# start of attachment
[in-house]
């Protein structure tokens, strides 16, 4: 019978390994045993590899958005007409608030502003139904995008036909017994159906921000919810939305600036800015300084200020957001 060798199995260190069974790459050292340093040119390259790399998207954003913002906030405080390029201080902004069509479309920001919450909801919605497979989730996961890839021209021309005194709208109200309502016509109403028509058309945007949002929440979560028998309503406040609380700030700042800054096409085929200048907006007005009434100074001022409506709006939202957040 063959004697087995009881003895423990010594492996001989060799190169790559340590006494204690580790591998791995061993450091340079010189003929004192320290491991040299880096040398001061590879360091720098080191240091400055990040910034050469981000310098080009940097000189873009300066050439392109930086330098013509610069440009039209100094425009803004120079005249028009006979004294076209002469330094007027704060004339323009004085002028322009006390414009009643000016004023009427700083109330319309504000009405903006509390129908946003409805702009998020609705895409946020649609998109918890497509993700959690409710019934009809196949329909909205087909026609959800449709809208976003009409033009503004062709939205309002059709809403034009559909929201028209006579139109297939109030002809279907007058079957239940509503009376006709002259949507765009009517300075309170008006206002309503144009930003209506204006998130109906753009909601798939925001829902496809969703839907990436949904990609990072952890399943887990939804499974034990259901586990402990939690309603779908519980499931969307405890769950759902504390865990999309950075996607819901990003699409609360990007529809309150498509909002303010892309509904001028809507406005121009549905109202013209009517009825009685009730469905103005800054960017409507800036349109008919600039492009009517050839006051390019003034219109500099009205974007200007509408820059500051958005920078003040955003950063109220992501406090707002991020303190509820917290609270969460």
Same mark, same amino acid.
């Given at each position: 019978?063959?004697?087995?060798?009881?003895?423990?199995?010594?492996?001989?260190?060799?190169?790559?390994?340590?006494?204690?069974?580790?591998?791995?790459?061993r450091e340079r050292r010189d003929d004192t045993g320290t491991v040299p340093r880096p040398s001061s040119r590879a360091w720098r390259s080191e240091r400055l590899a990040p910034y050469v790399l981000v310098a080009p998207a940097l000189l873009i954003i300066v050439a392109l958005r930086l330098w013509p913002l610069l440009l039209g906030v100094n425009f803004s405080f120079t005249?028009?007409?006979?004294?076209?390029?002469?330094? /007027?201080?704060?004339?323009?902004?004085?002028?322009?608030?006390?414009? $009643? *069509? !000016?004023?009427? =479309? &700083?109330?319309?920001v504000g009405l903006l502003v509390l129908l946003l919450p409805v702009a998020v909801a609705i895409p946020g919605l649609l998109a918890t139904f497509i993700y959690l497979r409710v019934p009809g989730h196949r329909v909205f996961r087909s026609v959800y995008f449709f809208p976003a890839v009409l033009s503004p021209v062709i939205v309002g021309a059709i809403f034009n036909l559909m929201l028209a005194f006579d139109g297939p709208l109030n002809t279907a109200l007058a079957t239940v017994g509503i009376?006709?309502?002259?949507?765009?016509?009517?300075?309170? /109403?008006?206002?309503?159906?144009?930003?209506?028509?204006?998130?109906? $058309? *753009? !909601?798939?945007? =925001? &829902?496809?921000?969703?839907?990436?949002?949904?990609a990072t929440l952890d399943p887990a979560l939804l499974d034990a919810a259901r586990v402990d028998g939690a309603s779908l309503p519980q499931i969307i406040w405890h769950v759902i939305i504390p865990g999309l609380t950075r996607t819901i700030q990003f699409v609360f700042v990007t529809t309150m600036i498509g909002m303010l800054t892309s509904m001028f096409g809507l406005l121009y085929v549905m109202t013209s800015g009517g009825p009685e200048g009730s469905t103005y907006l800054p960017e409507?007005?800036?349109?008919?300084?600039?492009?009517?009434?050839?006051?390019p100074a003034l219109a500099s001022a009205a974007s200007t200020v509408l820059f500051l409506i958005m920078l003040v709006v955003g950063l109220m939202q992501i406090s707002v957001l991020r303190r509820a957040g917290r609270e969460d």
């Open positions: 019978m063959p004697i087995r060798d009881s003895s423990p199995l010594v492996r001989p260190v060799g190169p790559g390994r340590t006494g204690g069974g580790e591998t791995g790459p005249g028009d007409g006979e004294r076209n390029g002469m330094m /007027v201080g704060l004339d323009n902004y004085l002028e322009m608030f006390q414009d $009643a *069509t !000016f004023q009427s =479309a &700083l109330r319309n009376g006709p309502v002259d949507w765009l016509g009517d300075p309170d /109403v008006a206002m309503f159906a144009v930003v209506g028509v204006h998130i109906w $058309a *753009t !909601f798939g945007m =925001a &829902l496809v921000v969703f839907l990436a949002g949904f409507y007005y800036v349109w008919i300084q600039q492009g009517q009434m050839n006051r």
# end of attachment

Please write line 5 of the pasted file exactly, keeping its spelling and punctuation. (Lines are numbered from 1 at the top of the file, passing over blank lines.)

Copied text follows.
């Open positions: 019978m063959p004697i087995r060798d009881s003895s423990p199995l010594v492996r001989p260190v060799g190169p790559g390994r340590t006494g204690g069974g580790e591998t791995g790459p005249g028009d007409g006979e004294r076209n390029g002469m330094m /007027v201080g704060l004339d323009n902004y004085l002028e322009m608030f006390q414009d $009643a *069509t !000016f004023q009427s =479309a &700083l109330r319309n009376g006709p309502v002259d949507w765009l016509g009517d300075p309170d /109403v008006a206002m309503f159906a144009v930003v209506g028509v204006h998130i109906w $058309a *753009t !909601f798939g945007m =925001a &829902l496809v921000v969703f839907l990436a949002g949904f409507y007005y800036v349109w008919i300084q600039q492009g009517q009434m050839n006051r």